PX: Is AI a Physician's Tool or Future Physician?

Artificial intelligence (AI) has proven to be a useful tool for physicians. Can AI take their role in the future?

Should artificial intelligence (AI) in medicine be used as tool for a physician, or could AI theoretically replace the physician entirely? Our expert panel weighs in:

Leveraging Big Data and AI in the Hospital of Tomorrow

A Healthcare Analytics News® Peer Exchange®

Segment 5/11

Kevin R. Campbell, M.D.: John, you work with a lot of customers, a lot of companies, and I’m sure that you counsel them on what’s the role of AI in their business. What’s the role of these types of technologies? What would you tell the average healthcare company [about] how they should use AI? What are the downfalls of AI? I know that’s a loaded question.

John Nosta, B.A.: It is a loaded question, but first of all I think that the hype is appropriate. You know we talk about big data, and to me, big data [are] data. It’s the AI— it’s the analytics component that is the spot where we take all of this information. Earlier Dave mentioned the Gartner Hype Cycle; I think that’s a standard tool that looks at about 3,000 points of innovation, and they put AI on top of the hype. So now it’s what everybody is talking about. It’s all hyped up. I guess to a certain degree there may be an overreach in utility of AI in clinical medicine today or experimental medicine.

But the interesting thing is what Gartner said. And I’m using Gartner as an arbiter of mainstream thinking, not fringe, kookie, over-the-top stuff. Gartner said, in the headline to the story, is that today we see the blurring of the distinction between man and machine, and I think that is the sort of buried little secret here that we are seeing. Advanced computation that will actually mimic human reason and thinking. Dave, as you said, you make a mistake and you learn, you make a mistake and you learn, you make a mistake and you learn—that [sounds] kind of like an internship to me, doesn’t it?

Kevin R. Campbell, M.D.: That’s how we train Fellows at Duke.

>> WATCH: Machine Learning: The Future of Medicine?

John Nosta, B.A.: Right, so I think that AI is really becoming part of the human reality. So, I really talk to my clients about understanding the nature of hype—but don’t take your eye off the ball—because this is the fundamental game changer in society today.

Kevin R. Campbell, M.D.: One of the things that I’ve been very impressed with from a regulatory standpoint is that our FDA commissioner, Scott Gottlieb, has embraced AI and automation, and is working very hard with his committees there within the FDA to create a way to quickly approve things like AI in medical devices. How do you think, Geeta, that’s going to impact innovation if we say, now, maybe we can make it easier for you, maybe we can make it less costly, and there’s an actual real pathway to approval with the FDA?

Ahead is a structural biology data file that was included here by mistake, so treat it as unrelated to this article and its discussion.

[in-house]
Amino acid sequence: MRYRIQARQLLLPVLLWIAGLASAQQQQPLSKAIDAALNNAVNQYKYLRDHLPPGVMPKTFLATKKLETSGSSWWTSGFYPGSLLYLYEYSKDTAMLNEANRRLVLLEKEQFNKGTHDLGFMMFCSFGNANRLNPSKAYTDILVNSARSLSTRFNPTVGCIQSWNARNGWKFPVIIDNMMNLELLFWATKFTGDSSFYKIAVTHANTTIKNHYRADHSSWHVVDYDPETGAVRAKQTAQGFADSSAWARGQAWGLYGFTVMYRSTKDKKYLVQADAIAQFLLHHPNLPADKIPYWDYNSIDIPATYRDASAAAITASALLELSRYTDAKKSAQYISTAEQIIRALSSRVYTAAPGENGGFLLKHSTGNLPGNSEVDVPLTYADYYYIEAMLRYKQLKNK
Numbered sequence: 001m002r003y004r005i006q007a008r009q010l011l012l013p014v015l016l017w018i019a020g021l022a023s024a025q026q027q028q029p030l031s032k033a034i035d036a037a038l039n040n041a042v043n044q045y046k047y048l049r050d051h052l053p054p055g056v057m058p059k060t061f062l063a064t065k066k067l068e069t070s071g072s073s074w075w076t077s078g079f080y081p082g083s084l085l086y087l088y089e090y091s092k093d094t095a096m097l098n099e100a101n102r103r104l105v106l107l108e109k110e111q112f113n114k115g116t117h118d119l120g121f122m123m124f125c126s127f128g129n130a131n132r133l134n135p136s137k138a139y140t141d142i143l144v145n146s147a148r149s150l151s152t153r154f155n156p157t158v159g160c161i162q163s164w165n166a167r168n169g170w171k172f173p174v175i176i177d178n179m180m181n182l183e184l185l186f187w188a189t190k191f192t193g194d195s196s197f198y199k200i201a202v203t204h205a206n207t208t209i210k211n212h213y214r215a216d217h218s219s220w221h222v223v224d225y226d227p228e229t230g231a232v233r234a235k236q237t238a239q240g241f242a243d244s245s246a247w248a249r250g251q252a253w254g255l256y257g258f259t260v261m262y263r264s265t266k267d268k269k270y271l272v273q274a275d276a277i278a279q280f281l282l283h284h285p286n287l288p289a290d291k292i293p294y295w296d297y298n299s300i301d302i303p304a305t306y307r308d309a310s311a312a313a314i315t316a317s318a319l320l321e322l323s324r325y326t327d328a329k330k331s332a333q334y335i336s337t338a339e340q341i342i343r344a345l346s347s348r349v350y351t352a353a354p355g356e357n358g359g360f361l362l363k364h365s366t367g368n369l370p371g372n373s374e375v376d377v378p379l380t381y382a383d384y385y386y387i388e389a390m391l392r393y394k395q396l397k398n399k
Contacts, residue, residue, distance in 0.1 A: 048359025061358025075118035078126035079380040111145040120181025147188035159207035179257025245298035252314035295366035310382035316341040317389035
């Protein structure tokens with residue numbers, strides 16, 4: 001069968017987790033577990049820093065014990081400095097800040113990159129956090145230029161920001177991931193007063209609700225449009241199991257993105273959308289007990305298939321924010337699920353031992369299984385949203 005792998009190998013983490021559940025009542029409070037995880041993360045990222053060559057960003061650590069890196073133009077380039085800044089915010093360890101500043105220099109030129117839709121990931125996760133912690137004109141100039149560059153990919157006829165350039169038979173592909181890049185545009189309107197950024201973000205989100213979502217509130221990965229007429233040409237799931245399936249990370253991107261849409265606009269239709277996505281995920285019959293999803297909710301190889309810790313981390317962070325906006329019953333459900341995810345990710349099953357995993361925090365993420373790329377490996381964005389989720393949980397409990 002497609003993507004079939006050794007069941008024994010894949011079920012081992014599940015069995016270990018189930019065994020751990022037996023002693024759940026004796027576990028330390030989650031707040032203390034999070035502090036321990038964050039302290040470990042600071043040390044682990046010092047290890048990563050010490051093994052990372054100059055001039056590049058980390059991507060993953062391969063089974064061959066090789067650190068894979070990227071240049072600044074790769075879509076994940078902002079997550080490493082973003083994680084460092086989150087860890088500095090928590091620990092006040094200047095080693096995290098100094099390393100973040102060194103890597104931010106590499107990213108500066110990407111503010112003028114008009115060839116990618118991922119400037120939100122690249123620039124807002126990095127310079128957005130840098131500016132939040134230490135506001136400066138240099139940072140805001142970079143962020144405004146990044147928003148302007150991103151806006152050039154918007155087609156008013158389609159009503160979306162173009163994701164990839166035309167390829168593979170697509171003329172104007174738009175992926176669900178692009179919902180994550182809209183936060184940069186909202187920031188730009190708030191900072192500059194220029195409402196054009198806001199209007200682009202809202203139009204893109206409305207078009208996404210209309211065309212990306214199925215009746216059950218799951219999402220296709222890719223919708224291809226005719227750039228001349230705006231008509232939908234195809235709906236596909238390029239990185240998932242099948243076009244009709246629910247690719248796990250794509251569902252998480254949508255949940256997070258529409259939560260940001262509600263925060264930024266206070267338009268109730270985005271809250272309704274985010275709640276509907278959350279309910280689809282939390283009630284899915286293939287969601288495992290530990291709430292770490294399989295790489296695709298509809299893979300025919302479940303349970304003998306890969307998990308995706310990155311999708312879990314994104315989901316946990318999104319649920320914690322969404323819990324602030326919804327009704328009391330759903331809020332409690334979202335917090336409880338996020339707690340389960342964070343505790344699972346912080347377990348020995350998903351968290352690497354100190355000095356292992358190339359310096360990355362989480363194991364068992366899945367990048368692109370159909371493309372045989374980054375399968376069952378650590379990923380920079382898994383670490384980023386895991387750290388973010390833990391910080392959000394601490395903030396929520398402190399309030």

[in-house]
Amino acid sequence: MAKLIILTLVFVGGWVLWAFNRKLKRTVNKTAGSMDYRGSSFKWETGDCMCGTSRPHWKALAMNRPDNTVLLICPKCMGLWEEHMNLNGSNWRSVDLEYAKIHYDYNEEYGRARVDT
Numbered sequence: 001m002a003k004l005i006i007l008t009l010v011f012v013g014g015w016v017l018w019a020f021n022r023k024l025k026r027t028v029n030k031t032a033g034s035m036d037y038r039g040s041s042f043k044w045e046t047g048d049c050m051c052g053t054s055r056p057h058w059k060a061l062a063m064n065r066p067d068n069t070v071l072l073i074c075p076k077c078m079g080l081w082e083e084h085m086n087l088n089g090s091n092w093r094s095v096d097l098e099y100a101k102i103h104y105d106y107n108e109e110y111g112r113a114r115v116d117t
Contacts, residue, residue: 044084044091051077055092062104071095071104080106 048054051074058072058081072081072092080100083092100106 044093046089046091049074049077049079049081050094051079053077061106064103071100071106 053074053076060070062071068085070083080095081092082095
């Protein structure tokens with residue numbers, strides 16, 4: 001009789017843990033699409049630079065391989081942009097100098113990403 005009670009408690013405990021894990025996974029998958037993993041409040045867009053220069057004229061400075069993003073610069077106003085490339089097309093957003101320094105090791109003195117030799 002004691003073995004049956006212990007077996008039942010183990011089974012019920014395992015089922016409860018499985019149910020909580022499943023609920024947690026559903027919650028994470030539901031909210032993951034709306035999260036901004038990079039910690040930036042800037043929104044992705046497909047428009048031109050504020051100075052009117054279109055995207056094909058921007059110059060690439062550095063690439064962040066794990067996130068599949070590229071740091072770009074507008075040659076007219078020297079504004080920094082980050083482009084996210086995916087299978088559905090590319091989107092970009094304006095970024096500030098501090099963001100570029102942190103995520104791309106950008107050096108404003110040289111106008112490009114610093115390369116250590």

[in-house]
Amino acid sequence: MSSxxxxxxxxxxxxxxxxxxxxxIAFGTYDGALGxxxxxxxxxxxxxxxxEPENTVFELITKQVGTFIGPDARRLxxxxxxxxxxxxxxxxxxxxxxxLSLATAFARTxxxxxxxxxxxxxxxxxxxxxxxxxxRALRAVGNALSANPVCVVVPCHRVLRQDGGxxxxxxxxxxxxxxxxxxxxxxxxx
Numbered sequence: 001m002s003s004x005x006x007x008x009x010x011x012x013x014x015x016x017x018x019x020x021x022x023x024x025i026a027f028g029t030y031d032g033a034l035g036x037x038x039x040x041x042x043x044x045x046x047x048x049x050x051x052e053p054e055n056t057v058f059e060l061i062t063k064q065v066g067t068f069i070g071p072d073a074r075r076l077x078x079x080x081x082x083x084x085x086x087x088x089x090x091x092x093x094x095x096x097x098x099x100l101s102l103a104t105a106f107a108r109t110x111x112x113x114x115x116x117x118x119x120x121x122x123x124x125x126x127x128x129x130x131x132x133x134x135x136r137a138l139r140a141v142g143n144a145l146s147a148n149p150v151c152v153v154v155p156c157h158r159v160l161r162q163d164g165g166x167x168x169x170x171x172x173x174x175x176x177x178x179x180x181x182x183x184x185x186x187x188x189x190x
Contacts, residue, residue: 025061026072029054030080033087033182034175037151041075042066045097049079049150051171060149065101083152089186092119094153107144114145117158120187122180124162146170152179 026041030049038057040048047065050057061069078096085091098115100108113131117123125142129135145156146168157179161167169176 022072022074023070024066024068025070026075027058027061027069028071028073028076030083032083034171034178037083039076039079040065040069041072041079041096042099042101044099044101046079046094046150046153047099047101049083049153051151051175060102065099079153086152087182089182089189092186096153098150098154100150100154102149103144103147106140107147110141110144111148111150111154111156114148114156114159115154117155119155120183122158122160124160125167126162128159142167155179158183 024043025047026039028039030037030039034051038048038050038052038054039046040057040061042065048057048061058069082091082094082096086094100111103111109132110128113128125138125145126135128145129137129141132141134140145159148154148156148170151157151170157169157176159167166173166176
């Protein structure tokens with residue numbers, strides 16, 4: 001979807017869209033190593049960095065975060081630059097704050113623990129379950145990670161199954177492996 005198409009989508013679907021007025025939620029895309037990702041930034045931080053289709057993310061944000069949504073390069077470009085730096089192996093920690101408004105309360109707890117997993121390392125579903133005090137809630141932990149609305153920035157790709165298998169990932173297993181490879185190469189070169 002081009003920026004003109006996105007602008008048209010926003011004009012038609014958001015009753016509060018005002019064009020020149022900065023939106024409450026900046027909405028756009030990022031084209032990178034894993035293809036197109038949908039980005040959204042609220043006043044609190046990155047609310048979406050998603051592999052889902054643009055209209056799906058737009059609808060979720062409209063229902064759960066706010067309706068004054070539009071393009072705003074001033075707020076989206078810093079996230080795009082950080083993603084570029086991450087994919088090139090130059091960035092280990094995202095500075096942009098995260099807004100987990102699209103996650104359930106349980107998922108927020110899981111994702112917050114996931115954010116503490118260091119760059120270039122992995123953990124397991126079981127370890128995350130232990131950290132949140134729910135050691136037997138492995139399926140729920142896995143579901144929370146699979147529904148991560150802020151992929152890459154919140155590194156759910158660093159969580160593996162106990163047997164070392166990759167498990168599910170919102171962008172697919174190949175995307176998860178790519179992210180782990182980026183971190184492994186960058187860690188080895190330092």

Geeta Nayyar, M.D., MBA: The biggest thing behind AI and machine learning is this idea that all of these patterns, all of these algorithms, looking at a million EKGs [electrocardiograms], will get us to the answer quicker, and we can identify a pattern or a diagnosis earlier and better and even more impactful if we can predict. So from a cost standpoint — from an FDA standpoint — if we can predict that someone is going to have a chronic disease, or is going to have an acute event, and we can make an intervention, we can come up with the treatment regimen, we can come up with a diagnosis that then prevents a future generation from suffering or being a cost to the system or having future morbidity or mortality. The prediction is the prevention and that is the cost-containment aspect to everything we’re trying to do in healthcare—the whole cost of devalue-based care — if AI helps us get there, it helps every stakeholder in the industry, and most importantly, the patient.

John Nosta, B.A.: When my wife comes home from the pediatrician, one of the first things I ask her is, “What did the doctor say?” That’s my point of interest. Tomorrow, I’m going to ask her, “What did the computer say?” And then my next question will be, “And what did the doctor do about that?” I think that the empowerment of technology to help augment clinical practice is going to be profound.

Daniel Kraft talks about artificial intelligence. He flips the letters around. He talks about intelligence augmented and I think that’s the dynamic we’re seeing here, that there is an intrinsic intelligence to a physician that is not infinite. And I think that that intelligence can be augmented through AI and technology to provide a member of the group practice, if I dare go that far.